One of the most common pitfalls of working at Big Law is the temptation to become romantically involved with a colleague.
The allure flourishes early on when Big Law throws large groups of over-achieving, well-spoken, mostly good-looking law students together for several weeks of booze and bonding during the summer associate season.
Then, during the early associate years, romances are sparked by the long working hours, general cluelessness and late-night partying with newfound wealth.
Later, still other, more tawdry affairs ignite in taboo unions between junior associates and married partners.
Granted, the summer lovin' was short lived this year, and the cut-throat competition could have reduced the number of romantic entanglements usually spawned by this annual ritual.
But I am certain that someone, somewhere, leaned on the shoulder of a fellow Summer Cog to cry about the loss of the golden days of 99 percent job offers, which led to a long embrace and ended in a big smooch. "Ohh! I am so sorry. I got wrapped up in my misery and didn't mean to kiss you. But you were so understanding and sensitive. Let's do it again!"
Summer programs are like summer camp -- a perfect opportunity for a summer fling of limited duration. Accordingly, many of these summer romances don't survive past the program's six- or 12-week duration. The kids go back to their respective law schools, promising to e-mail and call. They exchange a few text messages: "Law Review Bites!," "Miss U," "Big Law Rulz!" and become Facebook friends.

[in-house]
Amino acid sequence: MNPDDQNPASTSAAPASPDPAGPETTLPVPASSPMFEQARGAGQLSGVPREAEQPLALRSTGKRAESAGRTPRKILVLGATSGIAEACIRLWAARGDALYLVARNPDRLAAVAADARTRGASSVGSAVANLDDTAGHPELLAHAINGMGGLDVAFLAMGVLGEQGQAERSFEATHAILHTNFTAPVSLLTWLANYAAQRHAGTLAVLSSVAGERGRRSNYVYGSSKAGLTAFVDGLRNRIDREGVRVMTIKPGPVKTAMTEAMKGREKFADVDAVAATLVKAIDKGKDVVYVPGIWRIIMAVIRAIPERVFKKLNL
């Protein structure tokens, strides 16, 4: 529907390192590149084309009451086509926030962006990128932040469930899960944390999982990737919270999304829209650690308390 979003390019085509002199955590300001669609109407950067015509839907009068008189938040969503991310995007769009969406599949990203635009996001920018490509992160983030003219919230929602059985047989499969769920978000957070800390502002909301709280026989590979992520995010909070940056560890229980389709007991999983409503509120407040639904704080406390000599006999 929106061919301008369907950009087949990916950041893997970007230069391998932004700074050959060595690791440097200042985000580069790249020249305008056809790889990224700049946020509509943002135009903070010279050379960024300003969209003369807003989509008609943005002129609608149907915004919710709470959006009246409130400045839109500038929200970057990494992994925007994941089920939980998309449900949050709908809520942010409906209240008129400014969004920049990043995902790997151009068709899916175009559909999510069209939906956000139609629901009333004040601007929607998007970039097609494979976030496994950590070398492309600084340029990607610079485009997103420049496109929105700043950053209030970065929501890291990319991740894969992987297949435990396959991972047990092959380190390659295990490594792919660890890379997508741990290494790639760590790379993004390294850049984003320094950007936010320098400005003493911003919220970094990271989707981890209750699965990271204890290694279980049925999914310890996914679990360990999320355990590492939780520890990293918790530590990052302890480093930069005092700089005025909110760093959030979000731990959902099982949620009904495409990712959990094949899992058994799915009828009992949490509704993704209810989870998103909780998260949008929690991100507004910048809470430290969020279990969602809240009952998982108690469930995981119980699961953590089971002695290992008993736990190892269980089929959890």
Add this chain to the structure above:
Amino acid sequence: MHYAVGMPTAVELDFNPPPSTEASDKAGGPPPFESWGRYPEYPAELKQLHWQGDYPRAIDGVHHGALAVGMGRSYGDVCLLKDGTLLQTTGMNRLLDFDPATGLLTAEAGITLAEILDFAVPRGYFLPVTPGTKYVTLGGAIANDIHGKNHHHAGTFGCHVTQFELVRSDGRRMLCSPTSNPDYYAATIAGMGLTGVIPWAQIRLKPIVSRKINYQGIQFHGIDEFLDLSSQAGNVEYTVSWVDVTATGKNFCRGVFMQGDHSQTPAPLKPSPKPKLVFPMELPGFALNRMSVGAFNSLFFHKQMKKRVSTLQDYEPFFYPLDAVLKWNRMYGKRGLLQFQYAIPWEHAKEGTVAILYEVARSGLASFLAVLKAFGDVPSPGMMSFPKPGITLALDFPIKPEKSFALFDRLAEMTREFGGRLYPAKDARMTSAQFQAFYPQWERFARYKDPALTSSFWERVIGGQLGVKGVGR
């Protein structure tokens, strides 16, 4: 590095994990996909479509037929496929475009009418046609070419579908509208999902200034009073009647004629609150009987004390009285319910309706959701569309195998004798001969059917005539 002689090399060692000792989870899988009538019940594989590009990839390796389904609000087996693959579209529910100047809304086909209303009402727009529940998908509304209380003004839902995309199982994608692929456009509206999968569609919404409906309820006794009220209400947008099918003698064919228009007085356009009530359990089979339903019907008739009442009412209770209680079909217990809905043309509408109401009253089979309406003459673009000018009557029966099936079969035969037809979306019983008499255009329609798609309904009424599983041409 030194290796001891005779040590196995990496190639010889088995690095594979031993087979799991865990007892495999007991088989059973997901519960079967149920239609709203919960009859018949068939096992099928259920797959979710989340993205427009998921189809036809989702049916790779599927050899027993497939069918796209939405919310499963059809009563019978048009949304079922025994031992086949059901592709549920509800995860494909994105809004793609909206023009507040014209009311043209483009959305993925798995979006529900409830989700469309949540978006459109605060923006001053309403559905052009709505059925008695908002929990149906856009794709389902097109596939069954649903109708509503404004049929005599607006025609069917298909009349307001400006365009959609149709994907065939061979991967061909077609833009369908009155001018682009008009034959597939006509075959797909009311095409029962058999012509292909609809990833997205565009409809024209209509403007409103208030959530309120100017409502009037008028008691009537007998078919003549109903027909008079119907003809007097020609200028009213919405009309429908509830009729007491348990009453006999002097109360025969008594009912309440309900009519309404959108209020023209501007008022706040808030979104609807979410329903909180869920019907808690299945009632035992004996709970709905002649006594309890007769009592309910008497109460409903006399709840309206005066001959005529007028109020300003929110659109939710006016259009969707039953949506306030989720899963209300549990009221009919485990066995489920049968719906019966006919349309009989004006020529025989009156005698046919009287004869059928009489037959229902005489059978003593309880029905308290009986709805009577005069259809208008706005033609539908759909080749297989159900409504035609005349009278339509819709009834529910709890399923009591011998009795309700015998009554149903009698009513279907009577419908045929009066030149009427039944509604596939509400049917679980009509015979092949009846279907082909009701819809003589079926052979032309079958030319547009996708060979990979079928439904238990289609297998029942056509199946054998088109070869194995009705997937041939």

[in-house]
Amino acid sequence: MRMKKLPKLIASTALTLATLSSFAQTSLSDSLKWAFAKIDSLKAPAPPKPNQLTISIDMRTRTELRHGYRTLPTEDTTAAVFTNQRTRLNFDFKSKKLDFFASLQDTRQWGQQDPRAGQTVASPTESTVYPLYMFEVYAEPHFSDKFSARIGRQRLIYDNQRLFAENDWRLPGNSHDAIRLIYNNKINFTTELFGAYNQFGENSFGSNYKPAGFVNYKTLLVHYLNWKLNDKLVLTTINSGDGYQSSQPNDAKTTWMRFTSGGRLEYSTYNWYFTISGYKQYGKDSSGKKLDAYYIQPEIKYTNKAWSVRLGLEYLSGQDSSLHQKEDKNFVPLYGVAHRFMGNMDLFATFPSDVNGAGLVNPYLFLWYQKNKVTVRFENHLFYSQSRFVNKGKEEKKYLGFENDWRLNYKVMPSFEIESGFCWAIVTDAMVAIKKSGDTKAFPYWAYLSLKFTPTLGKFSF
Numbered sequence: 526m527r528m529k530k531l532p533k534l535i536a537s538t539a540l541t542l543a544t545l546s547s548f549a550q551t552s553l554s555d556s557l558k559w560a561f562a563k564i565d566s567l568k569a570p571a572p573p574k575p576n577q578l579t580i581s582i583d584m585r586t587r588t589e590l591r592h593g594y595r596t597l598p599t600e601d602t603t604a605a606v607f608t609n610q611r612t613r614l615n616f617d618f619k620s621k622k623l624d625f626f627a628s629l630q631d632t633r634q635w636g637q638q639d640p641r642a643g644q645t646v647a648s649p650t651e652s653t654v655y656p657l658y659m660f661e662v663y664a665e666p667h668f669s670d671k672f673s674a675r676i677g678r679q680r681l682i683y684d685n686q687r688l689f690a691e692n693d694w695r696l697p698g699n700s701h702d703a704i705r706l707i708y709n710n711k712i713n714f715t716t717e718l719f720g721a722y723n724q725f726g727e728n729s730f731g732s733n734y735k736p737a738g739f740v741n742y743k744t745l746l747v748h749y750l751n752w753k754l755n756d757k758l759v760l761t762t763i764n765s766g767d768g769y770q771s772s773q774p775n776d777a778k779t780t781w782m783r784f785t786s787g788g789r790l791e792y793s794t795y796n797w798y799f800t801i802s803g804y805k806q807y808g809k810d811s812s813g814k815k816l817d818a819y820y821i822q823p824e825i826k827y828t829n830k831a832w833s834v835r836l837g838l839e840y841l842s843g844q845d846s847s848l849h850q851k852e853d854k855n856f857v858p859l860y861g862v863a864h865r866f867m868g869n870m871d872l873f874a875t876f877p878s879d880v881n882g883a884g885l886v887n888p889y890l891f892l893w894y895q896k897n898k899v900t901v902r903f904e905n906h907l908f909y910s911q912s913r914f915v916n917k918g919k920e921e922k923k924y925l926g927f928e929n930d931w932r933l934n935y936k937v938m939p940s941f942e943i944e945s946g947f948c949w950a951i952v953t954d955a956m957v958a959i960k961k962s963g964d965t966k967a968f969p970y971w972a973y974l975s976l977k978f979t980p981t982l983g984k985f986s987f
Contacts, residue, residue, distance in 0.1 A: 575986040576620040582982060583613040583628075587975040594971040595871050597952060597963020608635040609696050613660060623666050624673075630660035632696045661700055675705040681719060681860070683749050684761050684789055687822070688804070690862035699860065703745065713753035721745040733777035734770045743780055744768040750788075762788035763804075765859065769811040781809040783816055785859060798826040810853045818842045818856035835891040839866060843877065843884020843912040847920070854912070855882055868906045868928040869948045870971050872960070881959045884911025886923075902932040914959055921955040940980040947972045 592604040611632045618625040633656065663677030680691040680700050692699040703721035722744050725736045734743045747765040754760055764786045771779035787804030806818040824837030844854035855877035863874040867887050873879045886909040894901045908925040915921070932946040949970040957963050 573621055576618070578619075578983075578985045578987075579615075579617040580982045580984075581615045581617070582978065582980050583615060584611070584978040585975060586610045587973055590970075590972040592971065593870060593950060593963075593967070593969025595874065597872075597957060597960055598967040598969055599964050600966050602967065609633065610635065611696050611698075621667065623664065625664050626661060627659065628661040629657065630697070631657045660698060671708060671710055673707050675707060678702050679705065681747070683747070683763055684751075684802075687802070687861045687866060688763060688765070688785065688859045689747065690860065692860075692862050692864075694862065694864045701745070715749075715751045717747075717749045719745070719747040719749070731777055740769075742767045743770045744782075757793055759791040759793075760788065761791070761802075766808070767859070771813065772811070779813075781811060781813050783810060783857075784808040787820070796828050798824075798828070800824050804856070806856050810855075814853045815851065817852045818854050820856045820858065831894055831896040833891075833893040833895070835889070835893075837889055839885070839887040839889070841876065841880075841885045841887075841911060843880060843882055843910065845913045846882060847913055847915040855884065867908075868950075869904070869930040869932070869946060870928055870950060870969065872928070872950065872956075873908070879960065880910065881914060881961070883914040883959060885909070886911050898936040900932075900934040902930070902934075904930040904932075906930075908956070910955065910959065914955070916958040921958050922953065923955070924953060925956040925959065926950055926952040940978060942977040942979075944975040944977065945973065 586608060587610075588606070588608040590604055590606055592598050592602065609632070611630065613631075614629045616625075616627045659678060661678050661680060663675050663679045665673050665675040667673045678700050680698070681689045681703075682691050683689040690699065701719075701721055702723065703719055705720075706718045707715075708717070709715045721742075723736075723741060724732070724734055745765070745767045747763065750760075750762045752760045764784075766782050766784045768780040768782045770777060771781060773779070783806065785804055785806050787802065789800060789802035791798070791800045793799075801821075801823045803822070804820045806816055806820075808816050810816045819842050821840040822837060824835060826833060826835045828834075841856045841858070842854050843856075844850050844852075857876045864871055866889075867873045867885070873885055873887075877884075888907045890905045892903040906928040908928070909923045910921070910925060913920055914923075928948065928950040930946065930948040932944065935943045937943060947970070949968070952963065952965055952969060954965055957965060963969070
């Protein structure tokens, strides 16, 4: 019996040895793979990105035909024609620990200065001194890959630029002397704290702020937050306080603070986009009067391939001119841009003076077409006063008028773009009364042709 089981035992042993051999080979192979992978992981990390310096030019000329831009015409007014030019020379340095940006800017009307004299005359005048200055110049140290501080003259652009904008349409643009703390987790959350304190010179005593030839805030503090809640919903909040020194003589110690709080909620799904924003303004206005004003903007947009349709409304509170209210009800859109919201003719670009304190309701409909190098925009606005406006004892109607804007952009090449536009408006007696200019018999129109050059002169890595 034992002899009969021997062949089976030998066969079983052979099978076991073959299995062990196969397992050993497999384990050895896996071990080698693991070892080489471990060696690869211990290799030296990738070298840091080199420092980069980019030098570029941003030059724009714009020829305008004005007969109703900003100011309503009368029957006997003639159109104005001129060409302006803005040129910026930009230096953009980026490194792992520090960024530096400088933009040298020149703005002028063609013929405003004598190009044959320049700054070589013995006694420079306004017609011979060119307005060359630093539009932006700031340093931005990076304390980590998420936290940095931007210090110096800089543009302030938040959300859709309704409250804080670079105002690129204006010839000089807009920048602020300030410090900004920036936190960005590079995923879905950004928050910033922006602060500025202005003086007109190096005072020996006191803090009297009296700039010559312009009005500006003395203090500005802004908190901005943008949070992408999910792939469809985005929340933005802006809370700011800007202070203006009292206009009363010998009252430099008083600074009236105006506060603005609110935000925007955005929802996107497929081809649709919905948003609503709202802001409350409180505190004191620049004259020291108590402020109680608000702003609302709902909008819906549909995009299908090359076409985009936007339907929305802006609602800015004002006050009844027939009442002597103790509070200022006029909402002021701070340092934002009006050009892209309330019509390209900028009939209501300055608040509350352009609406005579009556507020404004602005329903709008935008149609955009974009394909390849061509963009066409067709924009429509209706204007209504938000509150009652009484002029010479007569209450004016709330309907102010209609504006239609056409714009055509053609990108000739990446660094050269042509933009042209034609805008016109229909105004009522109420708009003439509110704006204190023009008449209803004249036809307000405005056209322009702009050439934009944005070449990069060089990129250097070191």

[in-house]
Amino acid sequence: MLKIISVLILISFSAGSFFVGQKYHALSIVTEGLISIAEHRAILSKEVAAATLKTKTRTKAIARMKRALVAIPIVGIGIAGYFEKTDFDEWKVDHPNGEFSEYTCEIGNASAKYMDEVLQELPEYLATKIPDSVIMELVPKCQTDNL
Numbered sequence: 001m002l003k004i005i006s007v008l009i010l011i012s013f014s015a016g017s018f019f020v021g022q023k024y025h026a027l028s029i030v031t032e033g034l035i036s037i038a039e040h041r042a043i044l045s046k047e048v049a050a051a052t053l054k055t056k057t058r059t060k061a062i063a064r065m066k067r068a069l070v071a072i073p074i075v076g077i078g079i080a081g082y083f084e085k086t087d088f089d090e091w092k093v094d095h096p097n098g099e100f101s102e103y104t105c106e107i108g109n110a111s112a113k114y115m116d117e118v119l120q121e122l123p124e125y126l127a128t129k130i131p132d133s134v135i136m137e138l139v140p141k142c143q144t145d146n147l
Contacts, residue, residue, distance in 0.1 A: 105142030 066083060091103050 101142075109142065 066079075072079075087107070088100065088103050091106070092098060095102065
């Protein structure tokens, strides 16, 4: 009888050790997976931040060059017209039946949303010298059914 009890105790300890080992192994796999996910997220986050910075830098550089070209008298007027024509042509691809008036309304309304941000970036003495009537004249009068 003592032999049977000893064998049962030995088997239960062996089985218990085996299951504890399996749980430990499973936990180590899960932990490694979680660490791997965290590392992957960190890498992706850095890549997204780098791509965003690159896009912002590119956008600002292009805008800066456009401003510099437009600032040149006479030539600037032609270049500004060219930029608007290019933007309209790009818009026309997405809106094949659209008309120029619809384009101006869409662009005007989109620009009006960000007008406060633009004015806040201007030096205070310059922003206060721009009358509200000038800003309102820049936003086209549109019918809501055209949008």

But then the things they had in common -- being thrown together for consecutive days of social events and free alcohol while working at the same office of Big Law -- become overshadowed by their differences: One gets an offer of employment, the other does not.
An awkward phone call ends it all: "Hank? It's Lisa! How are you? Did you hear from Big Law yet? I got my offer today -- I am so pumped! What? Oh. I am so sorry. They missed out on a great opportunity. Sure I am going to accept -- who would decline in this market? What do you mean I am 'one of them'? Hello? Hank?"
"Summer Dreams, ripped at the seams, but oh, those summer nights ... ."
But no need to despair if your summer-associate fling ends -- once you start working at Big Law there is ample opportunity to find love among your co-workers.
These romances may begin one drunken night when you and your fellow associates are out drowning your collective depression over salary slashing in sangria at some Midtown bar. Or maybe Cupid strikes while you and a beautiful, more experienced fourth-year associate get shipped off to Canada for a month-long document review. "We were sitting in the warehouse staring at dusty boxes of documents and files for 15 consecutive, 10-hour days when all of the sudden she found the key document we needed. She is brilliant! We jumped for joy, did a fist bump, hugged and then ... well ... OK, I am blushing."
This may seem like an ideal relationship. You are busy billing hours and have no time for a social life, but you still get to see each other every day, have lunch together, take coffee breaks together and send each other witty e-mails like "Hey -- haven't seen you in a while -- how R U?"
But these co-worker relationships can get ugly, and then you are stuck running into your former lover every day in the elevator. Even if you two manage to stay together, get married and start having kids, trouble is likely to be on the horizon. Your jumbo dual-income is great to buy the big house and get started, but then the stress of having to be Big Law Cogs and wanna-be partners in the same household could get out of hand: